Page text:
|(0.92, 0.97)||(0.92, 0.98)||(0.87, 0.95)||(0.89, 0.99)||(0.90, 0.97)|
|(0.93, 0.97)||(0.84, 0.97)||(0.81, 0.94)||(0.57, 0.97)||(0.72, 0.93)|
|(0.93-0.98)||(0.84, 0.97)||(0.74, 0.95)||(0.93, 0.99)||(0.88, 0.97)|
|(0.87, 0.95)||(0.81, 0.94)||(0.74, 0.95)||(-0.1, 0.97)||(0.59, 0.91)|
|ATHA.||(0.89, 0.99)||(0.57, 0.97)||(0.93, 0.99)||(-0.1, 0.97)||(0.93, 0.99)|
|(0.90, 0.97)||(0.72, 0.93)||(0.88, 0.97)||(0.59, 0.91)||(0.93, 0.99)|
|(0.76, 0.90)||(0.78, 0.95)||(0.66, 0.87)||(0.74, 0.97)||(0.69, 0.90)|
|(0.76, 0.90)||(0.68, 0.93)||(0.49, 0.83)||(0.65, 0.98)||(0.62, 0.90)|
|(0.81, 0.95)||(0.68, 0.93)||(0.68, 0.94)||(0.90, 0.99)||(0.71, 0.93)|
|(0.66, 0.87)||(0.49, 0.83)||(0.68, 0.94)||(0.93, 1)||(0.09, 0.73)|
|ATHA.||(0.75, 0.97)||(0.56, 0.98)||(0.90, 0.99)||(0.93, 1)||(0.57, 0.95)|
|(0.69, 0.91)||(0.62, 0.90)||(0.71, 0.93)||(0.09, 0.73)||(0.57, 0.95)|
One should not try from Table 4 to rank the various methods. The differences between most of the correlation coefficients are not significant as can be seen be careful inspection of Table 4. Furthermore different kinds of perturbations (like ovals, asymmetries in the outer parts, spiral structure, etc) influence the various methods in different ways. Unfortunately these effects can not be found by statistical studies as the present one. Only rather elaborate modelling may help us to untangle them.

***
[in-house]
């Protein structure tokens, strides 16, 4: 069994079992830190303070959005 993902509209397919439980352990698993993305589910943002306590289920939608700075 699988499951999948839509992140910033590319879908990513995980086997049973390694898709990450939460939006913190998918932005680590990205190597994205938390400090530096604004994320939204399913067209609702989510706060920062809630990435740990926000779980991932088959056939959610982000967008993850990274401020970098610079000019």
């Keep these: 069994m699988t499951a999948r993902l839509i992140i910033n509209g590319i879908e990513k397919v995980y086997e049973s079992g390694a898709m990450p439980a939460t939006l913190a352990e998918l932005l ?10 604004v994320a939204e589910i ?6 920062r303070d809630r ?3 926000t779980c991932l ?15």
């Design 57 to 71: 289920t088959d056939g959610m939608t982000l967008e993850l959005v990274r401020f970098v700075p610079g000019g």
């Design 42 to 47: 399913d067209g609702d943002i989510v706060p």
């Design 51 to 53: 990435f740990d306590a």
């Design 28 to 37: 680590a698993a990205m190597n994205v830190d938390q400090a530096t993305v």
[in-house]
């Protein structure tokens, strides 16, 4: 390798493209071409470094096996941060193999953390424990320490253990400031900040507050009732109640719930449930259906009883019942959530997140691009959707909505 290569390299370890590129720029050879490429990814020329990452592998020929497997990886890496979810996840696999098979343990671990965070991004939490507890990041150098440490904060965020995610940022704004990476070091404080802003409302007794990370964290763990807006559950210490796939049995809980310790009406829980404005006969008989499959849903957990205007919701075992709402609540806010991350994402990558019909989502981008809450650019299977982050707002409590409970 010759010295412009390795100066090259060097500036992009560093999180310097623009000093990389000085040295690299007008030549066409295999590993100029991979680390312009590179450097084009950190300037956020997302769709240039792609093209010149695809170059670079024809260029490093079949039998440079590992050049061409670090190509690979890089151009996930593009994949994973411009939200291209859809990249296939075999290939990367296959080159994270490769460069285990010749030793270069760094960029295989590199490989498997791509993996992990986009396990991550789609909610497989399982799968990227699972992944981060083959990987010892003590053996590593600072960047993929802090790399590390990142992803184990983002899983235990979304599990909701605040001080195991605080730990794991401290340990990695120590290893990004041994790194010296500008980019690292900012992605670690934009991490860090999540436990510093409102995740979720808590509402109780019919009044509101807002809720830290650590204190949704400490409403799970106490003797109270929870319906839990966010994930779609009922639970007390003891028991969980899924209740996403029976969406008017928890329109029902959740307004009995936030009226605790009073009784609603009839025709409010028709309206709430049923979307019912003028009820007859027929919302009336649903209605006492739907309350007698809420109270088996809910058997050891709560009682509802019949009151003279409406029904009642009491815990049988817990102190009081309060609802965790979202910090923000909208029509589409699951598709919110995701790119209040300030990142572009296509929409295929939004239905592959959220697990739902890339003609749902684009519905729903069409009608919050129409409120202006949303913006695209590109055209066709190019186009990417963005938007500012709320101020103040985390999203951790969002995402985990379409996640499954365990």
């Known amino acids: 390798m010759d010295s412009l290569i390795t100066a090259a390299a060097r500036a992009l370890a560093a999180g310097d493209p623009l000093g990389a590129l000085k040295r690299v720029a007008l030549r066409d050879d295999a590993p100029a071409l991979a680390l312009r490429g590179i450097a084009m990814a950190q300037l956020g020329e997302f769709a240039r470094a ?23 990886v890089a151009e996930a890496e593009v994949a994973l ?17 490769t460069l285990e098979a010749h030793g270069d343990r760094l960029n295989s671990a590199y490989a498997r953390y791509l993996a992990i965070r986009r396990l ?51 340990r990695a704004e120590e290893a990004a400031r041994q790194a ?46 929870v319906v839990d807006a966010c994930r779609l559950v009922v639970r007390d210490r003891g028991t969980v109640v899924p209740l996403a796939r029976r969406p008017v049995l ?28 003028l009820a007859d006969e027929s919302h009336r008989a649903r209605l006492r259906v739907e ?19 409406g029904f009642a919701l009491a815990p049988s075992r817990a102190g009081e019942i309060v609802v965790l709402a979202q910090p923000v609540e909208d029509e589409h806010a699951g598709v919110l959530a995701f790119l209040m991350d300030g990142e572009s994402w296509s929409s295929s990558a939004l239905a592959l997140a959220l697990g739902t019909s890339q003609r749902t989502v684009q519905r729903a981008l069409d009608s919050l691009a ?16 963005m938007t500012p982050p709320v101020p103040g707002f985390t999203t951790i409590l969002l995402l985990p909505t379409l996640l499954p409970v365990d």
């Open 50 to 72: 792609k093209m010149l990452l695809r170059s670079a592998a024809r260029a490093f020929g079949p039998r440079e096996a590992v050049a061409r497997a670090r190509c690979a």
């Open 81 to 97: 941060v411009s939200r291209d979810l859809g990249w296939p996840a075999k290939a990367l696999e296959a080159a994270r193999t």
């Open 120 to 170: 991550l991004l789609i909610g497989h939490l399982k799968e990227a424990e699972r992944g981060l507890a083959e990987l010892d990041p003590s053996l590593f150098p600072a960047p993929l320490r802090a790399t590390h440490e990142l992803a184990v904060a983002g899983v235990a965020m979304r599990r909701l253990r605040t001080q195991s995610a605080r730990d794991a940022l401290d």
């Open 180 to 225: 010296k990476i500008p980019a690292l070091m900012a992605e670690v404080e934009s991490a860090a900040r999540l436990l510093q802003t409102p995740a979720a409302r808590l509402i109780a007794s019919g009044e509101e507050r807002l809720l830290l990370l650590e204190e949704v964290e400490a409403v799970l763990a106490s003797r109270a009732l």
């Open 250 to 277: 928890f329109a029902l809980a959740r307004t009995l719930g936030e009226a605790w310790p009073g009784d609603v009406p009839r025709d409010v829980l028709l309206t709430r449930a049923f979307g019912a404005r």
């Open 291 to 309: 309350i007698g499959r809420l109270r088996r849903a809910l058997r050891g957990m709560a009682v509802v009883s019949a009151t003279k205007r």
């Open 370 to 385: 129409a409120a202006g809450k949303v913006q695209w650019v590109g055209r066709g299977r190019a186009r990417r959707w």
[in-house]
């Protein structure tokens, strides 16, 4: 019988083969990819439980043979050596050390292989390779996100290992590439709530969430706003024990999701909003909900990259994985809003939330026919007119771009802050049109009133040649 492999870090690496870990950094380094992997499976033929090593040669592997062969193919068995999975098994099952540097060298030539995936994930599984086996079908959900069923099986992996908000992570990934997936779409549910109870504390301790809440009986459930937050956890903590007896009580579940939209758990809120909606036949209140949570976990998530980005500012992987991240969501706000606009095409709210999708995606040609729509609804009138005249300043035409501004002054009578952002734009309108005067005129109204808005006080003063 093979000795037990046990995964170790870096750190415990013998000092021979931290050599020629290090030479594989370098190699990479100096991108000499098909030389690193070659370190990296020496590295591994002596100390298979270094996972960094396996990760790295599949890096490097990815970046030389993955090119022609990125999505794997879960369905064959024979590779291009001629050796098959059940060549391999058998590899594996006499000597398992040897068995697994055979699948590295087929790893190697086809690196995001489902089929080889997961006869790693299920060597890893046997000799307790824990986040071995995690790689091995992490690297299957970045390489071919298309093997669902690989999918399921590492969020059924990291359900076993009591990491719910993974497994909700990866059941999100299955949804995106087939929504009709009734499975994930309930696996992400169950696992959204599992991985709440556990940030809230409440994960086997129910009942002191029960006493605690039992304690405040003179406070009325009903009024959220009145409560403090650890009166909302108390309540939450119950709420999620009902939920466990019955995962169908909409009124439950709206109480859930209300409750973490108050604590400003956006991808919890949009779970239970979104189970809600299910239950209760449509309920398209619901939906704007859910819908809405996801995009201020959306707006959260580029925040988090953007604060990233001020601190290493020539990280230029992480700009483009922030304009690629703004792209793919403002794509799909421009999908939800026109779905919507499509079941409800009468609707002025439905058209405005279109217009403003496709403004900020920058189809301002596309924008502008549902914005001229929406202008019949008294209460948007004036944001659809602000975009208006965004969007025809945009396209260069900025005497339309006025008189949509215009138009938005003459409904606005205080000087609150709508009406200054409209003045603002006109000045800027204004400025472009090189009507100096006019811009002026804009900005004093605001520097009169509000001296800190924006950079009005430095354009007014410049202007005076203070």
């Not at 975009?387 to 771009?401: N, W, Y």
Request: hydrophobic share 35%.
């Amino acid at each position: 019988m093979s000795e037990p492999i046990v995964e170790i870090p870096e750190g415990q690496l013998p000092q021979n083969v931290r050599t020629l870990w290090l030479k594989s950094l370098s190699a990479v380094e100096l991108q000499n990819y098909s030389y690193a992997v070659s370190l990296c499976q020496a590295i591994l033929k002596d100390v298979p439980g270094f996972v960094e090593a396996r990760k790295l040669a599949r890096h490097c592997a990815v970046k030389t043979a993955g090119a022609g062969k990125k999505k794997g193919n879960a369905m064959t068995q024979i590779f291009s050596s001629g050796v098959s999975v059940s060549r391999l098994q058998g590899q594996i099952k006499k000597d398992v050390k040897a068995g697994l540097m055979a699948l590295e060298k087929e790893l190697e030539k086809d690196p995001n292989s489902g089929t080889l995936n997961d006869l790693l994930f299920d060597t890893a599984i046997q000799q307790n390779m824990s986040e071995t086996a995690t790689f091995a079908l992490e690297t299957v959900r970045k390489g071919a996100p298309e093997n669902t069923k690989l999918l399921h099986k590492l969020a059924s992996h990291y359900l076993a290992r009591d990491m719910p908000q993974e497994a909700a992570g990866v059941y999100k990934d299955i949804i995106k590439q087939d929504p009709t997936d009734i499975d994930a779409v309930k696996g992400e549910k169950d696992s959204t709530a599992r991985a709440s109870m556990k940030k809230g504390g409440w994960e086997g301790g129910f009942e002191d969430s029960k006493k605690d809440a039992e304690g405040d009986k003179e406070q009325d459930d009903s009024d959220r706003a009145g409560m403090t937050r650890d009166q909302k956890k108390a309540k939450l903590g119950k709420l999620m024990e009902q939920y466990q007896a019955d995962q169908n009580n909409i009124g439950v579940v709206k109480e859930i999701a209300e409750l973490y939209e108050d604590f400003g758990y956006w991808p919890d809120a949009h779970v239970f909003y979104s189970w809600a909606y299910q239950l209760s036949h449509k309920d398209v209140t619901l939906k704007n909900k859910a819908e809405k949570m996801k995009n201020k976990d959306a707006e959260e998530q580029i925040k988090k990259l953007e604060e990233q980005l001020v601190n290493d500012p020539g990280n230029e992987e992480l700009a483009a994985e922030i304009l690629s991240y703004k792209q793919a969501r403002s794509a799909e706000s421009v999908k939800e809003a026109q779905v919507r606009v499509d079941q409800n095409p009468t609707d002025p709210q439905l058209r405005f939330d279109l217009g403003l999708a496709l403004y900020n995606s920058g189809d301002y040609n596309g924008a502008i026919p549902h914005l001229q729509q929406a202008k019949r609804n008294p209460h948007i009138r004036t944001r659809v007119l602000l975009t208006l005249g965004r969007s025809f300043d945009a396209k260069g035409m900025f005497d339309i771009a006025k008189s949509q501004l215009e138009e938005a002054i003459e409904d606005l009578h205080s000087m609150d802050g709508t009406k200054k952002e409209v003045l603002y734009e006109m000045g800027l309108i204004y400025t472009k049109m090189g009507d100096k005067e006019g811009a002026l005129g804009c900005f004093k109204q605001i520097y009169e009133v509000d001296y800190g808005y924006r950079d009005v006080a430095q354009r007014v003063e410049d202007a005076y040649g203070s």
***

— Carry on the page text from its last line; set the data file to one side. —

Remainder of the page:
We would like to thank the referee, P. Grosbol, for interesting comments on the first version of this paper, A. Bosma for many helpful discussions on the galaxies in our sample and P. Hodge for sending us a copy of "An Atlas of HII regions in 125 Galaxies" (Hodge & Kennicutt 1982) which contains a number of otherwise unpublished catalogues of HII regions. M. Gerbal typed in about a third of these catalogues. Our literature search was based on SIMBAD data retrieval system, database of the Strasbourg, France, astronomical Data Center. C. G.-G. acknowledges his financial support by a grant under the contract by the I.N.S.U. and the I.A.C, for the installation of the Themis telescope.